We’ve all been victims of that prank where you’re chatting with a friend online and you realise halfway through the conversation that someone else has been seated at their computer, pretending to be them.
A few years ago, that was the extent of the risk you faced, when it came to identity theft online.
Today, each of us has so much personal digital data floating around that it is possible for someone to steal an entire online identity and cause very real damage offline.
“Every individual is now a data generator and transmitter,” says cyber-security expert and Supreme Court lawyer Pawan Duggal. “We generate data that is continuously collected by government agencies and private companies. That data can be monetised, manipulated and misused in many ways.”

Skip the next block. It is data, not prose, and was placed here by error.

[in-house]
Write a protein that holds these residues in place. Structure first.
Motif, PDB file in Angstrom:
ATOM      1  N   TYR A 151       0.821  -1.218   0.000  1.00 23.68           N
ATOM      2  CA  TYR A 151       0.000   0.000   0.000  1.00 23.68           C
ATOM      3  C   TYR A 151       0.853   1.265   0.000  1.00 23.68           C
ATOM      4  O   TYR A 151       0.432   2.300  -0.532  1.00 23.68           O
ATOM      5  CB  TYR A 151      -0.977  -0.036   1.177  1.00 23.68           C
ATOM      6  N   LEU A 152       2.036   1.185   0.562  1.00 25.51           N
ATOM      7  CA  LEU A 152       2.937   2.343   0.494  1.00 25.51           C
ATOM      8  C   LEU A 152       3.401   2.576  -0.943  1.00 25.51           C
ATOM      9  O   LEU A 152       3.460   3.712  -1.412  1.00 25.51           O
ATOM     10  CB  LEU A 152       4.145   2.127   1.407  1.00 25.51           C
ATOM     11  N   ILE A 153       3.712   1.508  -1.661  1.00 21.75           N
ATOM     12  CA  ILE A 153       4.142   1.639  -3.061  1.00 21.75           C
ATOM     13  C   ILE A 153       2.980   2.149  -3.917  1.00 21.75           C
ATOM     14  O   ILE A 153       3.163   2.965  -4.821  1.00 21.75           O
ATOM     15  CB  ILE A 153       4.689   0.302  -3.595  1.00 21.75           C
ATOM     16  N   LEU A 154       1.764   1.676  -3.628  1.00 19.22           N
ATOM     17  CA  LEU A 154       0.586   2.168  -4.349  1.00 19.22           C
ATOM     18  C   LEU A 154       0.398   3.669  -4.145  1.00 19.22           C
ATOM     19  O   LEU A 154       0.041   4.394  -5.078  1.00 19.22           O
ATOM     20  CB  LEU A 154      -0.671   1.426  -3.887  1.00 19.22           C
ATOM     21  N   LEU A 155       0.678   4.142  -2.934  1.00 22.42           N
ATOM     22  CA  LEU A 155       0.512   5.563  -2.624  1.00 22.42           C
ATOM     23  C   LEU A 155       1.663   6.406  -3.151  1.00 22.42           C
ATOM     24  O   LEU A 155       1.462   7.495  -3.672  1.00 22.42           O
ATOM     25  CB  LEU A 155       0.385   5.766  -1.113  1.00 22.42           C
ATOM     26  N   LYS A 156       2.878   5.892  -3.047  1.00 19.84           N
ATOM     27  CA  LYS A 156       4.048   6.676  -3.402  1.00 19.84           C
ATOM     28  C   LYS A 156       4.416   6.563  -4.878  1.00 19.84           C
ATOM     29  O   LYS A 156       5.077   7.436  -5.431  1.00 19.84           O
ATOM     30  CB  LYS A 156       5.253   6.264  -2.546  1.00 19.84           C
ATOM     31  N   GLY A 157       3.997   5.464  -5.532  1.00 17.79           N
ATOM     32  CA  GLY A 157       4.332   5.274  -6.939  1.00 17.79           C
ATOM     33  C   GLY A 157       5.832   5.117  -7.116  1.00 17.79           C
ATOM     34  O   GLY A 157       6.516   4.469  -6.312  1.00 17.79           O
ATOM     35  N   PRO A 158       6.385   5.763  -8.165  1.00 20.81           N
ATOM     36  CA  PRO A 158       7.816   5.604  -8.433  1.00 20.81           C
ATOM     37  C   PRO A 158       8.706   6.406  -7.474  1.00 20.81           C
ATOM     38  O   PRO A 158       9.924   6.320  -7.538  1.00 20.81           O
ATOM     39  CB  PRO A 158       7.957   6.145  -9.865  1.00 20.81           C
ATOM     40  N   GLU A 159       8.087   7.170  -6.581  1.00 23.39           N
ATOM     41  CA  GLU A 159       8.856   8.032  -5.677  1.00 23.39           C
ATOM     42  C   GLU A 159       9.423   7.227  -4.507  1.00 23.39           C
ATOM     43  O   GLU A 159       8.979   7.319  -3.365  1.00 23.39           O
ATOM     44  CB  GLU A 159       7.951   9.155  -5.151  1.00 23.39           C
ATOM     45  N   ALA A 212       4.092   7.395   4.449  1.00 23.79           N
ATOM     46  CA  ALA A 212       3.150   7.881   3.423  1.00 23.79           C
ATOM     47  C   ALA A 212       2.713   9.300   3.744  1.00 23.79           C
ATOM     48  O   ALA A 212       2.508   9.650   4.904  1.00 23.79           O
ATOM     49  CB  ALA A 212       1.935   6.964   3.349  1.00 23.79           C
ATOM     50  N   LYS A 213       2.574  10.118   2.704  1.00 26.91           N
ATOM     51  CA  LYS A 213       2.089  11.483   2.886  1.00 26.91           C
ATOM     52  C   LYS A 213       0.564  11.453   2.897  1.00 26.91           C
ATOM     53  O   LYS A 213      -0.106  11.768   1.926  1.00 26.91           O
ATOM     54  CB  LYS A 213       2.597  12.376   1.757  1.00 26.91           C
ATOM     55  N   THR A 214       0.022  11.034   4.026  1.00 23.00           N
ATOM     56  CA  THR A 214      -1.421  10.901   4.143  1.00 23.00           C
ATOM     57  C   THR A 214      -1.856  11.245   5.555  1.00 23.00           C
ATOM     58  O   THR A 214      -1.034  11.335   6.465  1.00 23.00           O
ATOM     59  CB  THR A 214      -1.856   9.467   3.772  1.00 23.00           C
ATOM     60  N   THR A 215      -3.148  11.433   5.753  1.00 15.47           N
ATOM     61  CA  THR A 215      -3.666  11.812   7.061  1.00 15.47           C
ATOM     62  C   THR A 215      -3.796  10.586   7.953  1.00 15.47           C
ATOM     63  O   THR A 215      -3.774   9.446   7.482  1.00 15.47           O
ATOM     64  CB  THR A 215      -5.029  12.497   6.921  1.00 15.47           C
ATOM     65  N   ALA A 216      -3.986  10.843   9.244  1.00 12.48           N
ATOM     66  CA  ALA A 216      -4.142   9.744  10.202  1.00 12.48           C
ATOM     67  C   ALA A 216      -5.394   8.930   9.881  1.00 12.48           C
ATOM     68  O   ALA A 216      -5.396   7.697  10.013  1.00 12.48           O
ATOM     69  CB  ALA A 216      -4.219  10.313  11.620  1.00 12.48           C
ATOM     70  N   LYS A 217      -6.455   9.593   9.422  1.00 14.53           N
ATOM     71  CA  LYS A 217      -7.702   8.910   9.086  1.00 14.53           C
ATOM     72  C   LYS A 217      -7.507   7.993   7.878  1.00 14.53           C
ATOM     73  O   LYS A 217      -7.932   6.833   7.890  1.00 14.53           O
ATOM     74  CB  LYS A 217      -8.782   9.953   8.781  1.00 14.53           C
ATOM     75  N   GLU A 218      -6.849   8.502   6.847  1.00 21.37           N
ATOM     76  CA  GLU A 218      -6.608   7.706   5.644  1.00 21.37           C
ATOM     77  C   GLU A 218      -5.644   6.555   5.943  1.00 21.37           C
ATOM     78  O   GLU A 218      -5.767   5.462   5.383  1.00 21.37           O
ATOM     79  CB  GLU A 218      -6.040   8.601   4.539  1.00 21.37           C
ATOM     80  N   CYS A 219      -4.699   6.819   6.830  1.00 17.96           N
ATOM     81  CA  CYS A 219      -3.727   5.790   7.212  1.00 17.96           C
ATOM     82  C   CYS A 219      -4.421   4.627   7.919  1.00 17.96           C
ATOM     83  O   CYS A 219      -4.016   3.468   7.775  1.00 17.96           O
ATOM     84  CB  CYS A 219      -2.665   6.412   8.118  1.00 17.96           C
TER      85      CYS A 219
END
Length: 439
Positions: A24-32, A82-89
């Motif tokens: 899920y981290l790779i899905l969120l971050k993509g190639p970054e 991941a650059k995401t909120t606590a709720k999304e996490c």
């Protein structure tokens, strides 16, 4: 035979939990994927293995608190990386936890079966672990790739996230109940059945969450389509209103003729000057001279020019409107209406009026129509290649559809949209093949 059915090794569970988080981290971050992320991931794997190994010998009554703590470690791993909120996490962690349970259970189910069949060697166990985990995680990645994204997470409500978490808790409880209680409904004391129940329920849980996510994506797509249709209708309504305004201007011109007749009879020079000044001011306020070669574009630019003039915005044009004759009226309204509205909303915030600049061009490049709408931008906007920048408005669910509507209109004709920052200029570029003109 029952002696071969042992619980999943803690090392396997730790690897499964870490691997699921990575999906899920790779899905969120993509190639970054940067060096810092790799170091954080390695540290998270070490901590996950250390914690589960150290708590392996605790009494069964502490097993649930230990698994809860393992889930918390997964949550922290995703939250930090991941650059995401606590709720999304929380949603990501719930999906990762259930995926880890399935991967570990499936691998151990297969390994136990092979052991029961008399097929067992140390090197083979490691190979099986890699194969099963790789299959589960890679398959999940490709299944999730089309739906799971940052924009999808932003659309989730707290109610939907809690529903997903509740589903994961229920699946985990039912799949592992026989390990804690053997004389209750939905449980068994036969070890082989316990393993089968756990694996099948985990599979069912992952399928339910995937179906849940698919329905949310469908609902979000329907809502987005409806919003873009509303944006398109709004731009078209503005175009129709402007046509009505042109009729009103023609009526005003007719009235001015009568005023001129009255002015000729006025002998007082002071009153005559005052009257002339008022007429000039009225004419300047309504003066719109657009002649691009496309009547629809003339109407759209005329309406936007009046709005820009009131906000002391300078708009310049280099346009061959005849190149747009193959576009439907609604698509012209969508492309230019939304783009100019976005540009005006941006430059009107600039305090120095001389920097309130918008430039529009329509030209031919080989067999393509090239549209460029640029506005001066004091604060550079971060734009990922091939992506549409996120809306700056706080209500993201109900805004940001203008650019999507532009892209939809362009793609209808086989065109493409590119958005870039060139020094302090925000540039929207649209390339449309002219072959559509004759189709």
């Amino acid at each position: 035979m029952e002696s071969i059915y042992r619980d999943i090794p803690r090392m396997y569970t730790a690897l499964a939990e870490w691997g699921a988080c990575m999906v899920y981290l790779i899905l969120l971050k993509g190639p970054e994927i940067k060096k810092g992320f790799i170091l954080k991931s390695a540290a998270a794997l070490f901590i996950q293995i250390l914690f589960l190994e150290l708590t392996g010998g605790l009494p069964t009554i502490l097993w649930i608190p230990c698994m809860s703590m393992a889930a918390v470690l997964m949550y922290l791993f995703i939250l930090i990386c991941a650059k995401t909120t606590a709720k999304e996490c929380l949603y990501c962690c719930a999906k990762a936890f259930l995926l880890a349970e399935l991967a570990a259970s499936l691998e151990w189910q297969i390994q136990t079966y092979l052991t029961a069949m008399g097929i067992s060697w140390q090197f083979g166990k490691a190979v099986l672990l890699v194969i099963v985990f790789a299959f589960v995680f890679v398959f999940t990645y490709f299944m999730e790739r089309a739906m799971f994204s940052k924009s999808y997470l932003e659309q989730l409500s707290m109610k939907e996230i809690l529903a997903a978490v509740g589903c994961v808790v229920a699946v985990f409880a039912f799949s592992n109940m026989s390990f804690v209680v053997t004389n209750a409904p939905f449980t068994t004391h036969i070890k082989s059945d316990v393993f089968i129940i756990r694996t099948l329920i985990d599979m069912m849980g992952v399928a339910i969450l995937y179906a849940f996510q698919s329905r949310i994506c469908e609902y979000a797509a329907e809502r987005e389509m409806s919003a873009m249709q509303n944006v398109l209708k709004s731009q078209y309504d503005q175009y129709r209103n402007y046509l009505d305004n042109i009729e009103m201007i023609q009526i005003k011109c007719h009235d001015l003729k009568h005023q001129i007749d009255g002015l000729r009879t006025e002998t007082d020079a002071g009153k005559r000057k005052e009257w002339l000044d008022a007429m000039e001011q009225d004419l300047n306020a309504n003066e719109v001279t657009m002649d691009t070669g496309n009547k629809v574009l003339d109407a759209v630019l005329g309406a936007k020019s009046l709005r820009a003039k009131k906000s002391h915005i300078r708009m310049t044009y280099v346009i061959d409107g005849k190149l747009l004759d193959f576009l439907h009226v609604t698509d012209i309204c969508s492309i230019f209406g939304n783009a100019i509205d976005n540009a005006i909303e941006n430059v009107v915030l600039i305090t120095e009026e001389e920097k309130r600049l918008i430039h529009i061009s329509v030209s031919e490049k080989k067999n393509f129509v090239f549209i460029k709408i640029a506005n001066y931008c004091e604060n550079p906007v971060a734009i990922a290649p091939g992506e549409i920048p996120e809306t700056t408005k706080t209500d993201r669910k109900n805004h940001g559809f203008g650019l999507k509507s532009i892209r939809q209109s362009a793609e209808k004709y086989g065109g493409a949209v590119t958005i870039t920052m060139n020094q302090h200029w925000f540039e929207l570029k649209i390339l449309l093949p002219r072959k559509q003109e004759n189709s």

Google yourself and the first layer of that data, the most basic information, pops up. This will typically be fragments of personal information and references to your social media presence on Facebook, LinkedIn, Twitter, Instagram, Flickr etc.
This is the data that you know about.
It is just a fraction of what can be unearthed with a little digging.
“What is really scary is the data that you don’t know is constantly being collected, like location data,” says mobile telephony expert Nikhil Pahwa, CEO of media analysis agency Medianama. “Any switched-on mobile phone, for instance, can be located to accuracies of less than 100 metres. If location-specific apps like GPS are switched on, the mobile can be located to within 3 metres.”
Multiple apps collect location data and track your movements 24x7. Apart from your mobile phone, if you use a smart card to pay a road-toll or access public transport, you can be tracked by that as well.